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Position Statement Process Helps HAI Programs and Engages a CSTE Member

Posted By Lauren Reeves, Thursday, June 5, 2014
Untitled Document
At the 2013 Annual Conference, CSTE passed position statement 13-ID-02, “Healthcare-associated infections data presentation and reporting standardization.” Although individual states have regulations on how healthcare-associated infection (HAI) data are displayed and shared, position statement author Andrea Alvarez, of the Virginia Department of Health’s HAI program, felt it was important to have a standardized approach and model for HAI data analysis, reporting, and presentation. The position statement highlighted the need for guidelines about the public reporting of HAI data. An HAI data analysis and presentation standardization workgroup was formed in 2013 after the position statement was approved.
After participating in the HAI subcommittee for several years and understanding the importance of data presentation issues in her daily work as an HAI program coordinator, Alvarez felt strongly about pursuing a position statement. “I knew why this position statement was needed, and I had strong support from other HAI subcommittee members and the CSTE staff,” Alvarez said. “The structure of the position statement template and the valuable insights of my colleagues helped the statement come together relatively easily.”
Below are some of the details of the process that Alvarez and other authors go through to submit a position statement.
Process
Position statements document policy issues that affect public health and CSTE members. They can make a general policy statement or call for placing a health condition under standardized surveillance. Any active CSTE member can identify an issue of importance and submit it as a position statement for consideration by the relevant Steering Committee and then the CSTE membership. Templates for different types of position statements help authors write in a consistent format, especially when calling for standardized surveillance.
Timeline
Many position statement authors begin thinking about, discussing, and writing their position statement well before the deadline, but position statements must be submitted 10 weeks before the June business meeting. After the submission deadline, position statements are posted on the CSTE website so that members can read and consider them before discussions at the Annual Conference. Informal discussion webinars take place several weeks before the conference to provide a forum for discussion—this year they’ll take place on June 10, 12, and 17. Infectious disease position statements are discussed at informal roundtables at the Annual Conference on Monday afternoon and Tuesday morning.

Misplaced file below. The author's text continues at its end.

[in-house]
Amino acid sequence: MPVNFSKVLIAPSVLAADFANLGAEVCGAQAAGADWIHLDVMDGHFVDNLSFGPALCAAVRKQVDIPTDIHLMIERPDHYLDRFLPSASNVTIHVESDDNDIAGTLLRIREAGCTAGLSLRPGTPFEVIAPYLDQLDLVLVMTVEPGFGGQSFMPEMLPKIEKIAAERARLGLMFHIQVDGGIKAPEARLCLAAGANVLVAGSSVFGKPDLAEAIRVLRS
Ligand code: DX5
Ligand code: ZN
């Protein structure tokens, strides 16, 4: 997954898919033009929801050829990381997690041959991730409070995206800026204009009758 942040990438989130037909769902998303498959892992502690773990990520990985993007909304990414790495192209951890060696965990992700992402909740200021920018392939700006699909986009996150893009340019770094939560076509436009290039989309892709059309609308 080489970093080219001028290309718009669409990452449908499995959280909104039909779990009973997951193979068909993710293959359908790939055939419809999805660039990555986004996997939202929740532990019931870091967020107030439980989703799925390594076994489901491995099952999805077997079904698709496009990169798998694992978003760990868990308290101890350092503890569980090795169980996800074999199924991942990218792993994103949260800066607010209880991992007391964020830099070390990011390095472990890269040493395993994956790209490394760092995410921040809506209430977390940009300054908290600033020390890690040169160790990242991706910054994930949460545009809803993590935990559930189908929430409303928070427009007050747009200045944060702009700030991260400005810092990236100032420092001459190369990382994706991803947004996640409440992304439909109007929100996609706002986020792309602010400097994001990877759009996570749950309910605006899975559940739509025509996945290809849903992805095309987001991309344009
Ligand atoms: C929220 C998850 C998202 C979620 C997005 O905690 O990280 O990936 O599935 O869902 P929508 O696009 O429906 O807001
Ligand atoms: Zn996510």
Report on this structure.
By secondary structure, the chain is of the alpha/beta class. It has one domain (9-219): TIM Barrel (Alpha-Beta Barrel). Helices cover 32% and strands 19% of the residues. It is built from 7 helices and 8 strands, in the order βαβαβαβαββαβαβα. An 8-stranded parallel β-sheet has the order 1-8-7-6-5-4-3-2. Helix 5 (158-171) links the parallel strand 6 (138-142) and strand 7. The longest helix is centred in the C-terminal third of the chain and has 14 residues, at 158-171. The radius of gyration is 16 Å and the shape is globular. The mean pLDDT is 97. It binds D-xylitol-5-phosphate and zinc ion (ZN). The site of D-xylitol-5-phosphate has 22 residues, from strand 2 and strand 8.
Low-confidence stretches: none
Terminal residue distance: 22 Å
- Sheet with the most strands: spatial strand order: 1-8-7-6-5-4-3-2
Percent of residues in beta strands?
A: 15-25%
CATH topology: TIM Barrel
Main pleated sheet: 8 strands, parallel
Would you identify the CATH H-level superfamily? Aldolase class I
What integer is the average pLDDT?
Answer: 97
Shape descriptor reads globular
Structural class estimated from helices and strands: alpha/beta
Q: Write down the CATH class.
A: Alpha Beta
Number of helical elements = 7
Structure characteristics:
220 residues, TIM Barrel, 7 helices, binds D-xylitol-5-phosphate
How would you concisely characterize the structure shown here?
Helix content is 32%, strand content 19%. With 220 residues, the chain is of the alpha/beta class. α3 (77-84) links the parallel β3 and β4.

At the Annual Conference, CSTE members are encouraged to attend formal discussions scheduled by Steering Committee where each position statement is formally presented, discussed by CSTE members, and voted on. Position statements that are approved by the Steering Committees are then brought to the business meeting for final approval. At this meeting, representatives from each state and territory vote on the position statements.
After approval
Approved position statements become CSTE policy and are posted on the position statement archive. The author is responsible for tracking the position statement during the following year and reporting back on its status and impact.
Impact of 13-ID-02 on public health
Per the position statement’s desired actions to be taken, the HAI data analysis and presentation standardization workgroup was formed following the position statement’s approval. It is a multidisciplinary group of CDC and CSTE epidemiologists and HAI coordinators, communications specialists, and representatives from consumer groups. “We’re developing a toolkit to describe best practices and to recommend methods of presenting HAI data analyses,” Alvarez says. The toolkit’s introduction and methods section will provide guidance to HAI coordinators on the structure and content of their state HAI data reports. The toolkit will also contain two report templates (one targeted to healthcare consumers and the other to healthcare professionals that contains more technical information) that demonstrate the use of these best practices and provide several considerations for the display of HAI data. The toolkit aims to improve stakeholders’ capacity to understand and use HAI data and consumers’ ability to make informed choices about their healthcare.
“The position statement created this workgroup, which has had important discussions about ways to analyze and report HAI data. The toolkit we’re putting together will help us in public health, those working in healthcare facilities, and hopefully healthcare consumers as well.” Alvarez says that this outcome of the position statement has “helped me grow as a public health professional by affording me the opportunity to lead a national workgroup in close partnership with Lindsey Weiner, an epidemiologist from CDC. The process has helped me understand CSTE better and has definitely helped me get more out of my participation with CSTE and the HAI subcommittee.”
Andrea Alvarez, MPH is the Healthcare-Associated Infections Program Coordinator at the Virginia Department of Health. Nicole Bryan, MPH is the Associate Research Analyst and the HAI lead at the CSTE National Office.
For more information about position statements, please visit the position statement overview page. Individual CSTE National Office staff can help you with specific questions.

Tags:  HAI  member spotlight  position statement 

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